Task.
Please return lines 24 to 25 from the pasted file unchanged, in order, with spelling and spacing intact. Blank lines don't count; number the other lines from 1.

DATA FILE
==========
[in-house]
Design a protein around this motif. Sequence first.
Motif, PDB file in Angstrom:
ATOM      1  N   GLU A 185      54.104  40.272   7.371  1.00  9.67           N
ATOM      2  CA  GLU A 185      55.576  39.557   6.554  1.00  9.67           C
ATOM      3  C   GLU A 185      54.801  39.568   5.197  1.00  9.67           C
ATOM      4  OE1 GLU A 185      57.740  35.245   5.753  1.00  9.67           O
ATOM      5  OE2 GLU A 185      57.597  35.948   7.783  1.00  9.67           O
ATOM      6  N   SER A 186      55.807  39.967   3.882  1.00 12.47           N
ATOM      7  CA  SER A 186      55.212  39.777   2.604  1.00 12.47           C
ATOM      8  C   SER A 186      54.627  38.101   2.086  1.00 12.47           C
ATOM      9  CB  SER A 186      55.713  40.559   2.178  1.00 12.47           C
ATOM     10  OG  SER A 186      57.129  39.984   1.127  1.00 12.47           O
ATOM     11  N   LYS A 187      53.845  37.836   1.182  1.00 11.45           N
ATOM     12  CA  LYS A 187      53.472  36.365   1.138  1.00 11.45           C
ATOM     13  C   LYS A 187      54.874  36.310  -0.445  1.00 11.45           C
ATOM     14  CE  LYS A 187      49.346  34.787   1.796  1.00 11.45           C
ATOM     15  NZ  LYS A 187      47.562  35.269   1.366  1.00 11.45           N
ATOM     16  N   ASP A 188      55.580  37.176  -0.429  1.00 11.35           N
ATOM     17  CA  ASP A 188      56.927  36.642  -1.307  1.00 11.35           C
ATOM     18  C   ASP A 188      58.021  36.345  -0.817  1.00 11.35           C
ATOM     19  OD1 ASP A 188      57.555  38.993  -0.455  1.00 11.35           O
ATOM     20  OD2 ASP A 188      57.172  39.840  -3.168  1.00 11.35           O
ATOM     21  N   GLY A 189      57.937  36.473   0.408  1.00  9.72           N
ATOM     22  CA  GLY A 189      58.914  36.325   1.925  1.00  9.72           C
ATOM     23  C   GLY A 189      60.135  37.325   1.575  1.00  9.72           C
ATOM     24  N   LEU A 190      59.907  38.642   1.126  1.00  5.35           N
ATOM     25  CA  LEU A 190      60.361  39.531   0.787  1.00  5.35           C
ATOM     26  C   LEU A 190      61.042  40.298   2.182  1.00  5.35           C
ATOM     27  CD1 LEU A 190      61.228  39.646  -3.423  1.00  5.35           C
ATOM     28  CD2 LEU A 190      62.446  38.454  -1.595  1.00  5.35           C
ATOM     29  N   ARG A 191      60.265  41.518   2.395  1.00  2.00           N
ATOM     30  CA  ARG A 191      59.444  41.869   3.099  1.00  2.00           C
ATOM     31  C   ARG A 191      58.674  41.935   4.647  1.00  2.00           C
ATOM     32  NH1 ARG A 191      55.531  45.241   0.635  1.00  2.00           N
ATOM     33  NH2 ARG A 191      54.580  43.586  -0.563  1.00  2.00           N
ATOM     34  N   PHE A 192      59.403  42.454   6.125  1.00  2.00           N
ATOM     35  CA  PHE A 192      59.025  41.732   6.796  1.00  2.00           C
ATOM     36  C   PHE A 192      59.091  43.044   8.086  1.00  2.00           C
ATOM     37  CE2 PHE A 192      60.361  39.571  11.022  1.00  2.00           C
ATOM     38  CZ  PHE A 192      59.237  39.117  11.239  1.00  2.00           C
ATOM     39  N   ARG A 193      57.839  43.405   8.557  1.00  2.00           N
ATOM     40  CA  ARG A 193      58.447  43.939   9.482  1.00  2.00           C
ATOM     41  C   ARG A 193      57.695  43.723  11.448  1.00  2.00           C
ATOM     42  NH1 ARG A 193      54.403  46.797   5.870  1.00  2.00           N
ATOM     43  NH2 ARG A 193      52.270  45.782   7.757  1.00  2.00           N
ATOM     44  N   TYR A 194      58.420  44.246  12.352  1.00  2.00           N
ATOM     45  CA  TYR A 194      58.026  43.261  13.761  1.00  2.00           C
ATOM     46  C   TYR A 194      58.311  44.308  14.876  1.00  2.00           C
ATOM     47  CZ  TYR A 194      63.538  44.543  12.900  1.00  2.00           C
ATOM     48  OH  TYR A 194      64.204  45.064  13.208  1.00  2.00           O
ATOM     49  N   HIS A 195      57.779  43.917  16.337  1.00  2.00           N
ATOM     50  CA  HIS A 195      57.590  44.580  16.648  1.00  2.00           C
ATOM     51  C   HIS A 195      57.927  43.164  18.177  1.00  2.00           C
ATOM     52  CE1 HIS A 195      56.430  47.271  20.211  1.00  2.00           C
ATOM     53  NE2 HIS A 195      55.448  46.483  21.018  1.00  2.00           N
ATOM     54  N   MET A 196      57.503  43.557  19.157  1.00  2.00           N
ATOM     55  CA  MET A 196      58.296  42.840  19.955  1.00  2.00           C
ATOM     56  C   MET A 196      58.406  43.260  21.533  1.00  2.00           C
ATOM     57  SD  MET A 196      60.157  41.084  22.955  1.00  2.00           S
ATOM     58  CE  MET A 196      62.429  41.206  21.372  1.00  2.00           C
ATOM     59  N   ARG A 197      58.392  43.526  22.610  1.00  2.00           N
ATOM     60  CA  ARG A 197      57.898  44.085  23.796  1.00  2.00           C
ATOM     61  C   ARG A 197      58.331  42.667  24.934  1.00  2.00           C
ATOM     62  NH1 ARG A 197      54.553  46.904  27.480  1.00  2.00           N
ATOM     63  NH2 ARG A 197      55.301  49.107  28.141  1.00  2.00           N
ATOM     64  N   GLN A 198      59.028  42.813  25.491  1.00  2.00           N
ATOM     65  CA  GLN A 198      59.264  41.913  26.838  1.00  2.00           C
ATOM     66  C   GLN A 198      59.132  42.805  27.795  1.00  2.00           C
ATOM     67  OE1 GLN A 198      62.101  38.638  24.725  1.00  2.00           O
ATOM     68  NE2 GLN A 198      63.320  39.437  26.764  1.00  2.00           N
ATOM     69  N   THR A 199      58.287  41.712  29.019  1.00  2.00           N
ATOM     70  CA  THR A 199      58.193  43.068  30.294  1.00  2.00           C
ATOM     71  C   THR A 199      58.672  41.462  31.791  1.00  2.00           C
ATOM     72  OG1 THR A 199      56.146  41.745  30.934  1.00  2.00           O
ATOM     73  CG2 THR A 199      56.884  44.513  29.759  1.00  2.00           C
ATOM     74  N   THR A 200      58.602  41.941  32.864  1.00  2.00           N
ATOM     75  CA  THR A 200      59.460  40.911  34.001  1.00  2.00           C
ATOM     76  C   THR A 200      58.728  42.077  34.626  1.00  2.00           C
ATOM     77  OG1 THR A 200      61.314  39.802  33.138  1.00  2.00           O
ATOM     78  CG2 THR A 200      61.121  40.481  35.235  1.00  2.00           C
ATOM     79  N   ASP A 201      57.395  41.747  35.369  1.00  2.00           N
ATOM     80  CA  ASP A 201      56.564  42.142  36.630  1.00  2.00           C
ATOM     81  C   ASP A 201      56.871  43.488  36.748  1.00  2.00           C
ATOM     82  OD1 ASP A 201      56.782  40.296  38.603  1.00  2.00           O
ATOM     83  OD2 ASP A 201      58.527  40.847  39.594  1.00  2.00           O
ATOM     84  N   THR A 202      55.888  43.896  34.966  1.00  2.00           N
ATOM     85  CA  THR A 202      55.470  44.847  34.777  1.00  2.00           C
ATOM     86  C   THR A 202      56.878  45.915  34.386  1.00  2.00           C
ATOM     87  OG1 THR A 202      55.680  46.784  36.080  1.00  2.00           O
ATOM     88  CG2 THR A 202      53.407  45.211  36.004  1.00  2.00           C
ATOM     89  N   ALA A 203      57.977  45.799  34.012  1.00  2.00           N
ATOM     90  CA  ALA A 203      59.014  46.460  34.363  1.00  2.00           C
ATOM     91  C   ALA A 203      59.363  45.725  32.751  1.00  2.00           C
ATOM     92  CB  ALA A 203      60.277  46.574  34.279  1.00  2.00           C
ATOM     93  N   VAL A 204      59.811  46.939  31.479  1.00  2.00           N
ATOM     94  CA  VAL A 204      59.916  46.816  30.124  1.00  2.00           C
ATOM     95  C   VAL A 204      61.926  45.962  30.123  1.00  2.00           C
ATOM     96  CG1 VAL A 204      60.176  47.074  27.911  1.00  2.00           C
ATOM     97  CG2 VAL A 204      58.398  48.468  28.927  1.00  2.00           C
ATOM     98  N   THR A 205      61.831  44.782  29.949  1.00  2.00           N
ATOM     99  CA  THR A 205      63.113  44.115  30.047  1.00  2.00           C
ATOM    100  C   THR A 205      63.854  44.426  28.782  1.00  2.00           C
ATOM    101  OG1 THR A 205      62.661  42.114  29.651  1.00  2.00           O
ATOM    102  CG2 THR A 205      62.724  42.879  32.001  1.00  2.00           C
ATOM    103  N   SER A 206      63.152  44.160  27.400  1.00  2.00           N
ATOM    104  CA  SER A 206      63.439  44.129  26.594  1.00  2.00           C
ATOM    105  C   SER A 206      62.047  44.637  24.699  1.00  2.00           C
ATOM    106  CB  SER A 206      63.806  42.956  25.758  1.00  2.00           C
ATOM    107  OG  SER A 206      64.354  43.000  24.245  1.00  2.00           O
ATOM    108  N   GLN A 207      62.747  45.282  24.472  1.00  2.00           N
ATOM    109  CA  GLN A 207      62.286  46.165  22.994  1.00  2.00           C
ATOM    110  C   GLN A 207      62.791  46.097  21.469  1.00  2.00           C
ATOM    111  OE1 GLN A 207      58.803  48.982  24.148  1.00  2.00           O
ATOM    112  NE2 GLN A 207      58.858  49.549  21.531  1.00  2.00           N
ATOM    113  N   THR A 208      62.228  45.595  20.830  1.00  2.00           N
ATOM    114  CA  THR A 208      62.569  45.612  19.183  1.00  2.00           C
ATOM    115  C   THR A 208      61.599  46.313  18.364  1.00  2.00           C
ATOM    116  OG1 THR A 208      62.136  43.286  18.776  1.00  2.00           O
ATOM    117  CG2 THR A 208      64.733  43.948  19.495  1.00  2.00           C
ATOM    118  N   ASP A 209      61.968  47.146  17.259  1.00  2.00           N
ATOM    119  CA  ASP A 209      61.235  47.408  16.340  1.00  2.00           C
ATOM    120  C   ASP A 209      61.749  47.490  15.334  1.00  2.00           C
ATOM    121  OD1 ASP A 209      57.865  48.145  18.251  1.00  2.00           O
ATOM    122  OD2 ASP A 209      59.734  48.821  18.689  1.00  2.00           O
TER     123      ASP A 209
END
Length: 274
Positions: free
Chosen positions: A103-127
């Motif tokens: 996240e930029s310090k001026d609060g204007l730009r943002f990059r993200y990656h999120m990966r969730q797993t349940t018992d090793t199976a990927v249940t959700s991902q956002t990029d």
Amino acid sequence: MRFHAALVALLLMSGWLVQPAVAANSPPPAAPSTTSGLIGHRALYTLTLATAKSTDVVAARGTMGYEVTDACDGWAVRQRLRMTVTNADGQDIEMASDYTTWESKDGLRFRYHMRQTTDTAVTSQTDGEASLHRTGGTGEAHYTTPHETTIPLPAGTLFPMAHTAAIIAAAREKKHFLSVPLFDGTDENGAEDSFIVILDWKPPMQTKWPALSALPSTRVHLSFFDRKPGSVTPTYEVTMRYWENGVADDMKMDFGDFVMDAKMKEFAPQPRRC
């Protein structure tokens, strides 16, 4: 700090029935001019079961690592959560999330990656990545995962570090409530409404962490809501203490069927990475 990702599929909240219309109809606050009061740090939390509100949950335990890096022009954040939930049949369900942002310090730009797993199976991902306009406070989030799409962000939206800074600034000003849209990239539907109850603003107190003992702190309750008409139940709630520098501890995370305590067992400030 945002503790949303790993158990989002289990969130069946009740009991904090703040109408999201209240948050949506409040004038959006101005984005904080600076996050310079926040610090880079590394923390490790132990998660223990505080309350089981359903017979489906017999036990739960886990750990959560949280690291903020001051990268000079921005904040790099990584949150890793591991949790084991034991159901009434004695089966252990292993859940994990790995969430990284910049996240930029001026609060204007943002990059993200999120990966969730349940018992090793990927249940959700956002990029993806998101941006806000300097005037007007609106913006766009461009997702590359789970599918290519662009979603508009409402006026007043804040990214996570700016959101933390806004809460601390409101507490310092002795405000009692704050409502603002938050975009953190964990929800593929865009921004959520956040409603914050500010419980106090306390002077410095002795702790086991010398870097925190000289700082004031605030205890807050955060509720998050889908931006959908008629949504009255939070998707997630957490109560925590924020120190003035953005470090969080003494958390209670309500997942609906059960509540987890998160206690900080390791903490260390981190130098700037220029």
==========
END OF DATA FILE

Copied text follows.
ATOM     21  N   GLY A 189      57.937  36.473   0.408  1.00  9.72           N
ATOM     22  CA  GLY A 189      58.914  36.325   1.925  1.00  9.72           C